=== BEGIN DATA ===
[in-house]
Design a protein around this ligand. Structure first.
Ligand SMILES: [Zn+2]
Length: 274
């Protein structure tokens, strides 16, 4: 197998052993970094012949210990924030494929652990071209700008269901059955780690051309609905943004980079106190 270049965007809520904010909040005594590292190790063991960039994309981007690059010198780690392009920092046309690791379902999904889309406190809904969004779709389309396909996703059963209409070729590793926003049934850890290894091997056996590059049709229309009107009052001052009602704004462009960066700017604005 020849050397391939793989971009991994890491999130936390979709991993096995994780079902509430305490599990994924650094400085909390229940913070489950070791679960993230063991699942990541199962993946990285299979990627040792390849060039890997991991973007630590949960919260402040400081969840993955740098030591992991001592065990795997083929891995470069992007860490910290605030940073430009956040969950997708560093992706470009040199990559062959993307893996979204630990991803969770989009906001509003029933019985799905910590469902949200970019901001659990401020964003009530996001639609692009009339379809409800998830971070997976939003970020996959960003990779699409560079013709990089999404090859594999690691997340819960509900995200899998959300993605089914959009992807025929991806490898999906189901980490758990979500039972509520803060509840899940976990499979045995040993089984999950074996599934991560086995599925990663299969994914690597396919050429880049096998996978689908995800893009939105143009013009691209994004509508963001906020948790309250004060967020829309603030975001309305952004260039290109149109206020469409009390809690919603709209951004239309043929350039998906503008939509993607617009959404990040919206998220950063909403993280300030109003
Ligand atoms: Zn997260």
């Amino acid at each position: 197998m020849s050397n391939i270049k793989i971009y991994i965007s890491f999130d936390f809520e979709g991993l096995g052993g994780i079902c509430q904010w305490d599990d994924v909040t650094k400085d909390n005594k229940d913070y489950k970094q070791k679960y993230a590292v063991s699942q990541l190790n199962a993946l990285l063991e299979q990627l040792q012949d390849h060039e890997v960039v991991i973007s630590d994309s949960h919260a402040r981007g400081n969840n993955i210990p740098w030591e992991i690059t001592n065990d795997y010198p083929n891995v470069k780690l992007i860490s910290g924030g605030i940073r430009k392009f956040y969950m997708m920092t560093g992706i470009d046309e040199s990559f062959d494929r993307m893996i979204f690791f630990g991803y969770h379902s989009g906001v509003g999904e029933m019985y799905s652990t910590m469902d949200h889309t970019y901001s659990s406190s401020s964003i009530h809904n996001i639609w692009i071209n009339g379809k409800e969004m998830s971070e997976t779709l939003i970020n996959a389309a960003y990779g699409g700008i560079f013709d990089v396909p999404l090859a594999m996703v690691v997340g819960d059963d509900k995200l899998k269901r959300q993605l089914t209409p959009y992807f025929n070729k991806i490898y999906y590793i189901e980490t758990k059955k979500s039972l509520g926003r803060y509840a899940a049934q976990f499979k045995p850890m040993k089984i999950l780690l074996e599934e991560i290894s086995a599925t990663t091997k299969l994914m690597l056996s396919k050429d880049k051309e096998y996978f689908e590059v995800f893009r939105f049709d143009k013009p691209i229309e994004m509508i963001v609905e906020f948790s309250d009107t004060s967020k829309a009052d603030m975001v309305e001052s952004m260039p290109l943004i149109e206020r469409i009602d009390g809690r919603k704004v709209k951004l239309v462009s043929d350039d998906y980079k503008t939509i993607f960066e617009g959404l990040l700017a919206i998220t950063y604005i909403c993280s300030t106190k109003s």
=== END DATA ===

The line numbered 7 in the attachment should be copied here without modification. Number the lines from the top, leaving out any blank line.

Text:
């Amino acid at each position: 197998m020849s050397n391939i270049k793989i971009y991994i965007s890491f999130d936390f809520e979709g991993l096995g052993g994780i079902c509430q904010w305490d599990d994924v909040t650094k400085d909390n005594k229940d913070y489950k970094q070791k679960y993230a590292v063991s699942q990541l190790n199962a993946l990285l063991e299979q990627l040792q012949d390849h060039e890997v960039v991991i973007s630590d994309s949960h919260a402040r981007g400081n969840n993955i210990p740098w030591e992991i690059t001592n065990d795997y010198p083929n891995v470069k780690l992007i860490s910290g924030g605030i940073r430009k392009f956040y969950m997708m920092t560093g992706i470009d046309e040199s990559f062959d494929r993307m893996i979204f690791f630990g991803y969770h379902s989009g906001v509003g999904e029933m019985y799905s652990t910590m469902d949200h889309t970019y901001s659990s406190s401020s964003i009530h809904n996001i639609w692009i071209n009339g379809k409800e969004m998830s971070e997976t779709l939003i970020n996959a389309a960003y990779g699409g700008i560079f013709d990089v396909p999404l090859a594999m996703v690691v997340g819960d059963d509900k995200l899998k269901r959300q993605l089914t209409p959009y992807f025929n070729k991806i490898y999906y590793i189901e980490t758990k059955k979500s039972l509520g926003r803060y509840a899940a049934q976990f499979k045995p850890m040993k089984i999950l780690l074996e599934e991560i290894s086995a599925t990663t091997k299969l994914m690597l056996s396919k050429d880049k051309e096998y996978f689908e590059v995800f893009r939105f049709d143009k013009p691209i229309e994004m509508i963001v609905e906020f948790s309250d009107t004060s967020k829309a009052d603030m975001v309305e001052s952004m260039p290109l943004i149109e206020r469409i009602d009390g809690r919603k704004v709209k951004l239309v462009s043929d350039d998906y980079k503008t939509i993607f960066e617009g959404l990040l700017a919206i998220t950063y604005i909403c993280s300030t106190k109003s």